OGDEN -- A monthly state climate report shows Top of Utah is facing high demands on its water reserves that will leave reservoirs only half full at the end of September, which marks the end of the water year.
The report issued Wednesday by the National Resource Conservation Service shows that increased rainfall in the southern part of the state is raising soil moisture levels in some areas, which could mean lower fire danger there because plants will be less dry.
The report reveals that August may not be as bad a fire danger month in the southern part of the state as people have feared.
Any precipitation also helps farmers, who have been drawing on reservoirs heavily to keep their crops alive. With another six weeks of irrigation season left, the report says, statewide reservoir storage will be about 55 percent full to carry over to next year.
Precipitation in Southern Utah doesn't help the Weber Basin Water Conservancy District, however. The district's drainage area has had the worst rainfall in the state this year.
The report reveals precipitation in July was below average at 81 percent, which brings the water year accumulation to 69 percent of average. Reservoir storage in the Weber Basin Water Conservancy area is at 64 percent of capacity, compared to 95 percent last year at this time.
District Executive Director Tage Flint said the reservoir levels are so low because irrigators are making huge demands on the district's water.
"We are using it at breakneck pace right now," he said Thursday. "Our numbers are not in for July, but I can tell you we are running about 35 percent over average on our demands and that is due to the climate we are experiencing right now."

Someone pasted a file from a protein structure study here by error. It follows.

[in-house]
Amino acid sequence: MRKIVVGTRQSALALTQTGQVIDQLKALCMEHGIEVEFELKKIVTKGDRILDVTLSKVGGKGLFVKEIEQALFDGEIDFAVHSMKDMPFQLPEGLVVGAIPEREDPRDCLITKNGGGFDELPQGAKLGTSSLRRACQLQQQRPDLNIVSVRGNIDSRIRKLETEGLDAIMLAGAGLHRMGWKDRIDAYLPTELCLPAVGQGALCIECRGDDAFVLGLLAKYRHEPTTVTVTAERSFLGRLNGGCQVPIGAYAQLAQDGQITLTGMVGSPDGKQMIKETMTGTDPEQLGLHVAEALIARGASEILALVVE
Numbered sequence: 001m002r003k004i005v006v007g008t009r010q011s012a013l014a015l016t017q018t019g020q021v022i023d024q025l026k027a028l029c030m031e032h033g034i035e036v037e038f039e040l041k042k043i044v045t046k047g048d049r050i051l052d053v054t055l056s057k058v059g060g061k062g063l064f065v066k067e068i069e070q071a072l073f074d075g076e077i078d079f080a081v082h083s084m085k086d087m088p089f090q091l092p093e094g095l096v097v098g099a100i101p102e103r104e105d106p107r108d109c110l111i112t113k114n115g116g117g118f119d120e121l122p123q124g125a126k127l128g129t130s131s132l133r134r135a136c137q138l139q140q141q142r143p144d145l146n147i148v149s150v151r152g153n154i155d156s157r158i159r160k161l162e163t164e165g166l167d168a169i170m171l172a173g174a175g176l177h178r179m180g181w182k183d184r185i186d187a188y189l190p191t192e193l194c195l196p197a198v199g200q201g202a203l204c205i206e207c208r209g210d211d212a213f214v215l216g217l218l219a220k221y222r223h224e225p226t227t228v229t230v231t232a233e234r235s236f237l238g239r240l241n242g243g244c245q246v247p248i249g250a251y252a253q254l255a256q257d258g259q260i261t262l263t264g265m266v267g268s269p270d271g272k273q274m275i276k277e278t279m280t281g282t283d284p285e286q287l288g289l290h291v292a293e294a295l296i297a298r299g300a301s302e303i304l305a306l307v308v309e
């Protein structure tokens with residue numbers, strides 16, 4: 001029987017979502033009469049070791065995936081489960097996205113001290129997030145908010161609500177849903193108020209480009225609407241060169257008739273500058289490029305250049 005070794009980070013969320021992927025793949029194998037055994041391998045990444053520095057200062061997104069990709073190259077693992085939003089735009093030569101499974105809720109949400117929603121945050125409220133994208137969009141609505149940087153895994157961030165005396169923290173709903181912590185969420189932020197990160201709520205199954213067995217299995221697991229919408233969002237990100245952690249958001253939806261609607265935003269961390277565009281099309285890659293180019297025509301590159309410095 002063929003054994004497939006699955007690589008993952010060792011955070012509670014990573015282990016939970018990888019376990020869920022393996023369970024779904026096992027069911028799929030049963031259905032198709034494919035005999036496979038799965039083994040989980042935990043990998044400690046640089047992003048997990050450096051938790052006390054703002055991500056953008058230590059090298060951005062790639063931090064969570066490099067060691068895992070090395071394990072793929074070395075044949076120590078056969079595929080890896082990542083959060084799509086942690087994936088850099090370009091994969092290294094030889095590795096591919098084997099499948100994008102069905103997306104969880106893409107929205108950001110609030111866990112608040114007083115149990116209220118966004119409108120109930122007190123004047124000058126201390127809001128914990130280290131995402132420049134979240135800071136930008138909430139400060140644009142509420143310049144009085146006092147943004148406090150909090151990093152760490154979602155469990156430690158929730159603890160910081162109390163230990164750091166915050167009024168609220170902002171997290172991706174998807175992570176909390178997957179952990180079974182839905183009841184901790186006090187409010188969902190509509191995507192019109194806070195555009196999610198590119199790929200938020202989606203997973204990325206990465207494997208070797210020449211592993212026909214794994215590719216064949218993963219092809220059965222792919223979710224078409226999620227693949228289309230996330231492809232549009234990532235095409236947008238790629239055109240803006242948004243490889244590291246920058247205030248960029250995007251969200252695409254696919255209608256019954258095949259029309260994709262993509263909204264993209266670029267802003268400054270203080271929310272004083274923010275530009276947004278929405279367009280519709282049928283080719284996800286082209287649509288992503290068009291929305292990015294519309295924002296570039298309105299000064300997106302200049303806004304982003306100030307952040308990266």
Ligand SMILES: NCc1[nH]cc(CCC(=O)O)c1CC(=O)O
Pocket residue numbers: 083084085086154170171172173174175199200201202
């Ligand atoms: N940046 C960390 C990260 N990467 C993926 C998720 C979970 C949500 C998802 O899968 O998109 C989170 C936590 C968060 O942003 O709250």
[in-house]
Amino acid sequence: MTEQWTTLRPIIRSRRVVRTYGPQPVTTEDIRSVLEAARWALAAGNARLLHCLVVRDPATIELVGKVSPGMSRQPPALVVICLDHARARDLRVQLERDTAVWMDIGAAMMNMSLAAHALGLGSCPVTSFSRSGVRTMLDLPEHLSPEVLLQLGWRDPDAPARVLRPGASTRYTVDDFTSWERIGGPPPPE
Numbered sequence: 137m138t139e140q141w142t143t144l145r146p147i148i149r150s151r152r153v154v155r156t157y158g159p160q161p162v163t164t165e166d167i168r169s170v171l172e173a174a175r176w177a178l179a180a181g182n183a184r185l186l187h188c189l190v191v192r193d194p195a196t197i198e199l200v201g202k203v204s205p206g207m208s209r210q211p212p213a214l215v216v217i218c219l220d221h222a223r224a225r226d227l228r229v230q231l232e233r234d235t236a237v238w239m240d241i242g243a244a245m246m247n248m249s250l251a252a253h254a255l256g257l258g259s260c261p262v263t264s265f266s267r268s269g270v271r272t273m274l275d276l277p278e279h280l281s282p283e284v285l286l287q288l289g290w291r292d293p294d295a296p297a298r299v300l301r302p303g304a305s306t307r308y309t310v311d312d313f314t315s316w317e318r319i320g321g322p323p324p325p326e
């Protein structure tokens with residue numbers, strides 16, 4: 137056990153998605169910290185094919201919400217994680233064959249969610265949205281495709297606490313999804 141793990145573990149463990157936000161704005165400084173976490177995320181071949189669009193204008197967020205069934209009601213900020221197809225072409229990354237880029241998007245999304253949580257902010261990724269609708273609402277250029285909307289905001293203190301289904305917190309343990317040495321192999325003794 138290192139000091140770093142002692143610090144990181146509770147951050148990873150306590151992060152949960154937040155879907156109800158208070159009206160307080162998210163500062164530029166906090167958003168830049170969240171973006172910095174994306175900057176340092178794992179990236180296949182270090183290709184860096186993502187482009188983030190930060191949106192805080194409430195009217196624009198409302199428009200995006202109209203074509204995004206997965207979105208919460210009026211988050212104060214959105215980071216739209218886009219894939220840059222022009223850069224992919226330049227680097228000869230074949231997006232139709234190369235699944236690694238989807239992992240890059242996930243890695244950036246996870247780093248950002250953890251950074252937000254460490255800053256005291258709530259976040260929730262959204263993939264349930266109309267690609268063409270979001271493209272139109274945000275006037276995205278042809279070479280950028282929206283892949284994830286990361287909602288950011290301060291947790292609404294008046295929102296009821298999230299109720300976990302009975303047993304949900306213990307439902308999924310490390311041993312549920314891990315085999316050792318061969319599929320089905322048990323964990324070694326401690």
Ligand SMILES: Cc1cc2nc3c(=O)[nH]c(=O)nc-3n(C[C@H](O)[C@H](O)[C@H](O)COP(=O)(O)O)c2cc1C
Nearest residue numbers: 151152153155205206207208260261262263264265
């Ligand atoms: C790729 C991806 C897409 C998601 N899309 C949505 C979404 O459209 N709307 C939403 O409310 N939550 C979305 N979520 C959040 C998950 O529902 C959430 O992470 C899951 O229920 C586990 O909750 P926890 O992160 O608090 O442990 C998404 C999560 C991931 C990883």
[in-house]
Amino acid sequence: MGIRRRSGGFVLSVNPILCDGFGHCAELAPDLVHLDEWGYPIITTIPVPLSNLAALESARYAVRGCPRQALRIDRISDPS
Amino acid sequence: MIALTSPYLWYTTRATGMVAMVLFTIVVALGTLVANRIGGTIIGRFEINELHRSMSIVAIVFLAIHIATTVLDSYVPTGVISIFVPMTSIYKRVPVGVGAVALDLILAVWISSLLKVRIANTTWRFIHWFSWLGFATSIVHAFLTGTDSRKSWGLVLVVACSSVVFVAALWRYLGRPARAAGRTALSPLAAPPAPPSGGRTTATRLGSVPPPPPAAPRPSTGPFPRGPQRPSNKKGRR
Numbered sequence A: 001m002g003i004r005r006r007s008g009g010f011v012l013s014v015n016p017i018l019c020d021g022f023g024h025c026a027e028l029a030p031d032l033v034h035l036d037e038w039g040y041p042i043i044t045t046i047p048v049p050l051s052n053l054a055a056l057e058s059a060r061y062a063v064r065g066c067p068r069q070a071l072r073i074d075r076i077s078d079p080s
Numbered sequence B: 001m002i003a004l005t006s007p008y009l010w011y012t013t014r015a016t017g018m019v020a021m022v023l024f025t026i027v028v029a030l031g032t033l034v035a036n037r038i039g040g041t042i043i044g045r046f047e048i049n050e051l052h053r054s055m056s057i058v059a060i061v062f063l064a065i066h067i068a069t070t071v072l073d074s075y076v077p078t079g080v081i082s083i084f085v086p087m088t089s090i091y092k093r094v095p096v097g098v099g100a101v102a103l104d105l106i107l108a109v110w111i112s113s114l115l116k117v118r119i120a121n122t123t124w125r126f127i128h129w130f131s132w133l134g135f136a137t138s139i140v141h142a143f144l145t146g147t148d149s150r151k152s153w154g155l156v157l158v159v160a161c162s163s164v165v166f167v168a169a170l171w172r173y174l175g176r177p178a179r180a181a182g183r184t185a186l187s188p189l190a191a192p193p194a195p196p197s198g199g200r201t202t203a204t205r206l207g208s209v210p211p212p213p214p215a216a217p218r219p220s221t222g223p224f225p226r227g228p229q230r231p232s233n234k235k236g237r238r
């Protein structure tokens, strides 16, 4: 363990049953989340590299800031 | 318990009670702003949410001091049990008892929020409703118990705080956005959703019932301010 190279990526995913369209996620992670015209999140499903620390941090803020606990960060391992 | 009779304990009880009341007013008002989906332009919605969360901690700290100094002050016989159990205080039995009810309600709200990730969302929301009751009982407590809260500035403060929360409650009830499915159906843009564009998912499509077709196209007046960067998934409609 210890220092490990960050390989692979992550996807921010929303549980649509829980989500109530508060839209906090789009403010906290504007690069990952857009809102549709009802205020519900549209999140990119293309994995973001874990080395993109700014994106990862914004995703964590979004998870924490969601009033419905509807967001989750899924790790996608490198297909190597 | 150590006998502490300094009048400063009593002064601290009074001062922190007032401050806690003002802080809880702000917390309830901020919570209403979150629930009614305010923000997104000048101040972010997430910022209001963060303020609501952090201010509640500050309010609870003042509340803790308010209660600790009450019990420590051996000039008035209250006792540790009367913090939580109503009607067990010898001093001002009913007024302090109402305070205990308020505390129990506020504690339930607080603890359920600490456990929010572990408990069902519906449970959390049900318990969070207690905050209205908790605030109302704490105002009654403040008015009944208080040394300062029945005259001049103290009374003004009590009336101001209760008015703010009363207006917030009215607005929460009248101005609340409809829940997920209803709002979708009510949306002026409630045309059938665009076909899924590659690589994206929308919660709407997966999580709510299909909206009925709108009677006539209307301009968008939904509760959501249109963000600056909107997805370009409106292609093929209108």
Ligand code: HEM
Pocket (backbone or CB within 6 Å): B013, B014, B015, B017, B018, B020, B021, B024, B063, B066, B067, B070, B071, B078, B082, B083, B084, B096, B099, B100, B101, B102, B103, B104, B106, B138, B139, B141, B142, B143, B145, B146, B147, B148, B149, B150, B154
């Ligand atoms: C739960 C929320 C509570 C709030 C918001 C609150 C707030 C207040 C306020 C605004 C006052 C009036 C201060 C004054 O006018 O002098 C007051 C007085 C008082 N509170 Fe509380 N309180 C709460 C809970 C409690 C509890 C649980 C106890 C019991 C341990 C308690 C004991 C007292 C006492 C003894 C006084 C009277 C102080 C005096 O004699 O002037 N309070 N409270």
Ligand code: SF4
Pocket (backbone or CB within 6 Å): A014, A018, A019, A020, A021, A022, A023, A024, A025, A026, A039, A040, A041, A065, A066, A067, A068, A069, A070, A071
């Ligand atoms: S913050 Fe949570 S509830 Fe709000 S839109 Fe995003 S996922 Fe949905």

He said the district hopes to end the water year with the reservoirs at least 50 percent full, or "maybe even a little less." That will mean the system, which can best be thought of as a bank savings account for Top of Utah's water, will have one year's worth of water left. The district could survive a second winter with poor snowfall and still provide water to irrigators and water users next summer, but it would leave reservoirs dangerously low.
Despite that, Flint said that the district hasn't put any water use restrictions into place, "except for a request to the public to be responsible for their outdoor water use. That would really help us on this one."
This year's rain and reservoir situation is a stark contrast to the winter of 2010-2011, which saw record snows and massive spring runoff that caused extensive flooding.
That snowfall also filled the reservoirs so well that they stayed full despite this past winter being one of near-record poor snowfall. The one year effectively canceled out the other.
"I tell people that's what happens in Utah," Flint said. "The last two years, we've been average."